A court in Bogota has reversed a
decision annulling Colombia's first gay marriage.
The September 20 union of Julio Albeiro
Cantor Borbon and William Alberto Castro Franco was declared a
marriage by a Bogota civil court judge. A second couple, Elizabeth
Castillo and Claudia Zea, joined them a week later.
Judge Eduardo Diaz annulled the first
marriage earlier month, saying there is no constitutional right for
gay people to marry.
The Husband and Wife Foundation, an
anti-gay group run by Javier Suarez, moved to have the marriage
But on Thursday, the Superior Court of
Bogota disagreed with Diaz and upheld the marriage, local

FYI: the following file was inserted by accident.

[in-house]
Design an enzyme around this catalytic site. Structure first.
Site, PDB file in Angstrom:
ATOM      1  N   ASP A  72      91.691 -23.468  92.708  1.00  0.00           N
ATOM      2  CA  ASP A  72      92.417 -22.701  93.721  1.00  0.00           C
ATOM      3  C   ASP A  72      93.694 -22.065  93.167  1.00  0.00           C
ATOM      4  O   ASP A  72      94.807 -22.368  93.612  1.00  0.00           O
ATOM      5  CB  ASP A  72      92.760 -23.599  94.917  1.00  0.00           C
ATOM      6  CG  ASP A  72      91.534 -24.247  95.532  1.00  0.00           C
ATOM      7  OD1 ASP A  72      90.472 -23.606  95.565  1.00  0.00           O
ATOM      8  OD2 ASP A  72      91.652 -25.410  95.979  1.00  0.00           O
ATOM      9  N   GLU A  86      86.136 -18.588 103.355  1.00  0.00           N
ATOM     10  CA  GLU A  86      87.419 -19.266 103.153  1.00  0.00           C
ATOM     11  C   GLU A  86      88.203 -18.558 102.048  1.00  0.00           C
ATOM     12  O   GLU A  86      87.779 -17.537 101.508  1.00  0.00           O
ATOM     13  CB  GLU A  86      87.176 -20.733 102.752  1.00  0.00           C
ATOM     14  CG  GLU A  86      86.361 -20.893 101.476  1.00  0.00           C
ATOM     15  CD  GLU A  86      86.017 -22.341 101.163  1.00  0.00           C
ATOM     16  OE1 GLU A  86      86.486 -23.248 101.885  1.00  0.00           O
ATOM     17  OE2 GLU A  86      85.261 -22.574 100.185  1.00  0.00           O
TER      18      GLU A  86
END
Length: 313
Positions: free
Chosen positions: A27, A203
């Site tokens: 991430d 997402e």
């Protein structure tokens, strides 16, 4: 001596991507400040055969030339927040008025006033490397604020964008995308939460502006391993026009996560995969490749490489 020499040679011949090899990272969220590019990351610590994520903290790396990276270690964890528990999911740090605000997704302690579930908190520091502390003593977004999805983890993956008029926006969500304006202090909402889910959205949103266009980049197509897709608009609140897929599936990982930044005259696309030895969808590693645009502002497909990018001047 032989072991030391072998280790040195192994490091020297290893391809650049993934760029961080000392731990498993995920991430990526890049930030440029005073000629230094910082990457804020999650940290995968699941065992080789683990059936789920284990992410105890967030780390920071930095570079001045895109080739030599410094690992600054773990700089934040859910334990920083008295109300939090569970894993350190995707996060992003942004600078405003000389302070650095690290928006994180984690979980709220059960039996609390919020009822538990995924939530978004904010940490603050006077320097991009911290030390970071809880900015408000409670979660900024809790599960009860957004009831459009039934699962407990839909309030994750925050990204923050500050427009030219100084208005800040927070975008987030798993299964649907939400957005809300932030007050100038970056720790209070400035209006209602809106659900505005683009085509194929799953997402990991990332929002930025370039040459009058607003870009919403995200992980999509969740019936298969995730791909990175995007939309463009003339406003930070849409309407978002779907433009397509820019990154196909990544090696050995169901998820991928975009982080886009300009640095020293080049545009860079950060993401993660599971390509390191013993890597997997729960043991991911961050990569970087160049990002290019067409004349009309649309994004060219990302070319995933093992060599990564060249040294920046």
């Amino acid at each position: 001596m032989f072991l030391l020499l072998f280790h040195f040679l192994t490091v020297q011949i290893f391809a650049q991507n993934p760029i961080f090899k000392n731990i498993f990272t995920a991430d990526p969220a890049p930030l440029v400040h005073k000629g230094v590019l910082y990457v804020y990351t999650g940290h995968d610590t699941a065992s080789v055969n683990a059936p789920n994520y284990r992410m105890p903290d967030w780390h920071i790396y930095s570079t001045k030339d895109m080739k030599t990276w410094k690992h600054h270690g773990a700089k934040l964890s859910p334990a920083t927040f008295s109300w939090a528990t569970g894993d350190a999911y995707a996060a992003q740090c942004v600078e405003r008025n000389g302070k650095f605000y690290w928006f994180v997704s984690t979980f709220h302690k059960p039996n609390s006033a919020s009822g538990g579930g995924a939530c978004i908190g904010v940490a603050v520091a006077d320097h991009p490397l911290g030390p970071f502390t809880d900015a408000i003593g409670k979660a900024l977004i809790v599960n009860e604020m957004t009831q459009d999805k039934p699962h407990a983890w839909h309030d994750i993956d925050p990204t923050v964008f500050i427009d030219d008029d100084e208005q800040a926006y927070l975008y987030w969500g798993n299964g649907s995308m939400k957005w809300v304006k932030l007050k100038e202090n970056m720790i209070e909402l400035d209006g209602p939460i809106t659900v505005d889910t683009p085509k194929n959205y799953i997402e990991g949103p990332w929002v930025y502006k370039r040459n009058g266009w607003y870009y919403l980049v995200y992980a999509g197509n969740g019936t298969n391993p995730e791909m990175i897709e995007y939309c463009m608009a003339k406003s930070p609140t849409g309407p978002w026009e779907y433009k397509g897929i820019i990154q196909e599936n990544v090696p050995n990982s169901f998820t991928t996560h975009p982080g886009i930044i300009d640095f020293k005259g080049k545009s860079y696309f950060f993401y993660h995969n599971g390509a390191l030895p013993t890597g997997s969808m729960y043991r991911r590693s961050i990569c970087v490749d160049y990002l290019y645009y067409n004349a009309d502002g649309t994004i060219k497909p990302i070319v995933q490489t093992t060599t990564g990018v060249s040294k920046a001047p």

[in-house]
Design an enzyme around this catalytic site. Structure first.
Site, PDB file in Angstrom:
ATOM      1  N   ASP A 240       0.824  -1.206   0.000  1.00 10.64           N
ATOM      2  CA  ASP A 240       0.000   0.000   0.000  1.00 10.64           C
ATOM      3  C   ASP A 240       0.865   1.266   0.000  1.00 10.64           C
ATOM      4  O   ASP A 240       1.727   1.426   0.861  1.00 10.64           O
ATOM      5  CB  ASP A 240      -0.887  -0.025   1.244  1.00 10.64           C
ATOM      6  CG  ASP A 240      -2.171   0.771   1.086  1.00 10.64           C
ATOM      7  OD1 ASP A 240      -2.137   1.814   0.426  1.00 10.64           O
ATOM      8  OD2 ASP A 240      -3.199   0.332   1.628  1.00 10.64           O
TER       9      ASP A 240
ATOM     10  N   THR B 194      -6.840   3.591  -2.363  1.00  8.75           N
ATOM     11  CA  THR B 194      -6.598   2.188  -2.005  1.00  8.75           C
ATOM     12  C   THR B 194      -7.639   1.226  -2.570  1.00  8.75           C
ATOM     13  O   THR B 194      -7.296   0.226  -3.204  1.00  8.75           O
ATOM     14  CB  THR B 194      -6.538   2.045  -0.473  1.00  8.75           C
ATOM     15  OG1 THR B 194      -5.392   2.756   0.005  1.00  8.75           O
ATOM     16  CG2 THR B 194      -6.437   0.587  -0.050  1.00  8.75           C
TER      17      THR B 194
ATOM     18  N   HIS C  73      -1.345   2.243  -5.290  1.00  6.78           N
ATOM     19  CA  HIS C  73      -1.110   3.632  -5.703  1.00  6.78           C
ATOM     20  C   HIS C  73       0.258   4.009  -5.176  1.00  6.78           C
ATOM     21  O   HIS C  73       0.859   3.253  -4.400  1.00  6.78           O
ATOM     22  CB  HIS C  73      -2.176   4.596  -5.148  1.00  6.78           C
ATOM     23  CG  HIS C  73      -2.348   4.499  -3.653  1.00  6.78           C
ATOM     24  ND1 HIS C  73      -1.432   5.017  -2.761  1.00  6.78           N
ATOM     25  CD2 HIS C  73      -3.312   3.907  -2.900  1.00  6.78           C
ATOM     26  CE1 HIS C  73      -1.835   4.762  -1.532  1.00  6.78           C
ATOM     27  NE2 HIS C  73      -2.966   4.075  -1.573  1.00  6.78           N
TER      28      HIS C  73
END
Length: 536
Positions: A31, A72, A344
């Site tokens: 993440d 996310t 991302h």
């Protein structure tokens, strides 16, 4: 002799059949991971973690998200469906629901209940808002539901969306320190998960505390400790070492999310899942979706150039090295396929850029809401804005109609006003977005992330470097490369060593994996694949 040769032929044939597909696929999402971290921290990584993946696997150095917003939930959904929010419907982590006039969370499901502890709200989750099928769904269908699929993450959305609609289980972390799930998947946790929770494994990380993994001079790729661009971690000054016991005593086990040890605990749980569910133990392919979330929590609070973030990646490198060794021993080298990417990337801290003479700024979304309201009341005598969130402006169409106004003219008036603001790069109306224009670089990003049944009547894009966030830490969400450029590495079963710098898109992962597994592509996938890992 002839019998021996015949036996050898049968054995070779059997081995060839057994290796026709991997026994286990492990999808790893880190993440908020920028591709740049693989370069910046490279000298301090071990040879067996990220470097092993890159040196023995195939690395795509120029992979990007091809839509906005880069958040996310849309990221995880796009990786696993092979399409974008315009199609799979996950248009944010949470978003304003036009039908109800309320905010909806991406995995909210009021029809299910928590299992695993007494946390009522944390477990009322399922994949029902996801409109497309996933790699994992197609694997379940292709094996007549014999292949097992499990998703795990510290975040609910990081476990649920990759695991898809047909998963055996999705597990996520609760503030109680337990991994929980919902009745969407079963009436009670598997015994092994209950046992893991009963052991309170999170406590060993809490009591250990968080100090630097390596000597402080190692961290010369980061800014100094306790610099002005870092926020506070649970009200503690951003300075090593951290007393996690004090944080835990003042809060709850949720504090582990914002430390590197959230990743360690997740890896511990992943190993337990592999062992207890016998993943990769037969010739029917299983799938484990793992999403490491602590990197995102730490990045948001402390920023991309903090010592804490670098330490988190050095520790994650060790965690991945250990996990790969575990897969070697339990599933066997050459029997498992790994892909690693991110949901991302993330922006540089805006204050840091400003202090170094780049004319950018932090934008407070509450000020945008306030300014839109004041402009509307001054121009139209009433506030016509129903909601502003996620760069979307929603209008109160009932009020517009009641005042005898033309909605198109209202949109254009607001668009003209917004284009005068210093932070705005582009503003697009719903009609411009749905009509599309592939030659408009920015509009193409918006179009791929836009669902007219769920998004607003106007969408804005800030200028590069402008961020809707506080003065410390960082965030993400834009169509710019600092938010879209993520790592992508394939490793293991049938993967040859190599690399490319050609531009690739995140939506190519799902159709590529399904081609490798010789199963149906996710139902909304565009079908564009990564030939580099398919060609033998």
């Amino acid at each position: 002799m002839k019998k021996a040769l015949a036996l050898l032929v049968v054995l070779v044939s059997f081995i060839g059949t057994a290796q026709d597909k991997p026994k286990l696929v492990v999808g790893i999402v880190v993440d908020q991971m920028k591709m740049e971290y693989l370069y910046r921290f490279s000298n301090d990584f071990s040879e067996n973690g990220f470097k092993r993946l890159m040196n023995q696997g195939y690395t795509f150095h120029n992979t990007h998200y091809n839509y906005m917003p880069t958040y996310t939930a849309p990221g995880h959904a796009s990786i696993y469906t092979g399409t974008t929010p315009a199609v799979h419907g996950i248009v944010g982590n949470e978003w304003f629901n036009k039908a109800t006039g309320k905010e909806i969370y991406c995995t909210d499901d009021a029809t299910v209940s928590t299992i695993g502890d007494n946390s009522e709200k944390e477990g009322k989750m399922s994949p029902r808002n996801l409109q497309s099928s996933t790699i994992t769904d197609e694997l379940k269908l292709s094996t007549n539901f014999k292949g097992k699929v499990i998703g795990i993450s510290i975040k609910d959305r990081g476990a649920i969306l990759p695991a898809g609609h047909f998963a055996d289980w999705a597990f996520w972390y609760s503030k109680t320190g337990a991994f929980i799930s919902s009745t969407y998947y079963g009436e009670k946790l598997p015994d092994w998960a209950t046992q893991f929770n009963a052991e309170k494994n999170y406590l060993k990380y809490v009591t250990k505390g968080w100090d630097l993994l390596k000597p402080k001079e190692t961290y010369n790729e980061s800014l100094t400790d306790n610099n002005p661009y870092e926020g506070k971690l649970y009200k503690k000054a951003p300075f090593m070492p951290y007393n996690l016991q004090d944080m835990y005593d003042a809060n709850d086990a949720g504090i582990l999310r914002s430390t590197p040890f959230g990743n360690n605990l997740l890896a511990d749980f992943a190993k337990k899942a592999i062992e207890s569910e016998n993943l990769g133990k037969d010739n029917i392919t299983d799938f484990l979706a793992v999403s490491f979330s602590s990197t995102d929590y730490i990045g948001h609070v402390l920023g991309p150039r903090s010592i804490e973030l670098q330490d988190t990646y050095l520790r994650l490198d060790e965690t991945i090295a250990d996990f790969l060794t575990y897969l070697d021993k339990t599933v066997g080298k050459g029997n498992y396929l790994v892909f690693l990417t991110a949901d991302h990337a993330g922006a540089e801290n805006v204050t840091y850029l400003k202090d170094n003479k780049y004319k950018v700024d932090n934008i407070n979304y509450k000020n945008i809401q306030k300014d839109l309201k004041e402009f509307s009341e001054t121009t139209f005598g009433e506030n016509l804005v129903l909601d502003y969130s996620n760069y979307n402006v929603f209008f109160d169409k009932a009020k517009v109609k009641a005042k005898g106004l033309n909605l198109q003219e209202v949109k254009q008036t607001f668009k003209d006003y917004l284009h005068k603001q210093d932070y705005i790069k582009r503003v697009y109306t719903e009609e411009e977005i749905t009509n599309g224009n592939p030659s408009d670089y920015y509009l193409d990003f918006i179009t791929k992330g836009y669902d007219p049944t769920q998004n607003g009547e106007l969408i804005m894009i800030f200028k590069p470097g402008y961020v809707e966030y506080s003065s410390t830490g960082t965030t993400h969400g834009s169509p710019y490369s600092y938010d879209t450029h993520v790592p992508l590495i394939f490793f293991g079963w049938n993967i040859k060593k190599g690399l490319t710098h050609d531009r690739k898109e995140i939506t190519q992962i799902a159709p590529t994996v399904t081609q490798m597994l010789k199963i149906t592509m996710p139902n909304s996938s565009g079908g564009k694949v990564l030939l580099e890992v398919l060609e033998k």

“Judge's order which annulled
Colombia's first gay marriage has been revoked,” gay rights group
Colombia Diversa tweeted. “Marriage is still valid.”
Gay couples in Colombia turned to the
courts after lawmakers failed to meet a June 20 deadline imposed by
the nation's Constitutional Court.
In 2011, the Constitutional Court ruled
that gay couples had a right to a family and ordered Congress to
remedy the situation. The court said that if a law is not approved
by June 20, 2013, then “gay couples can go to a notary and with the
same solemnity of a heterosexual marriage enter a union similar to
one between a heterosexual couple.”
Suarez has not said whether his group
will appeal the decision.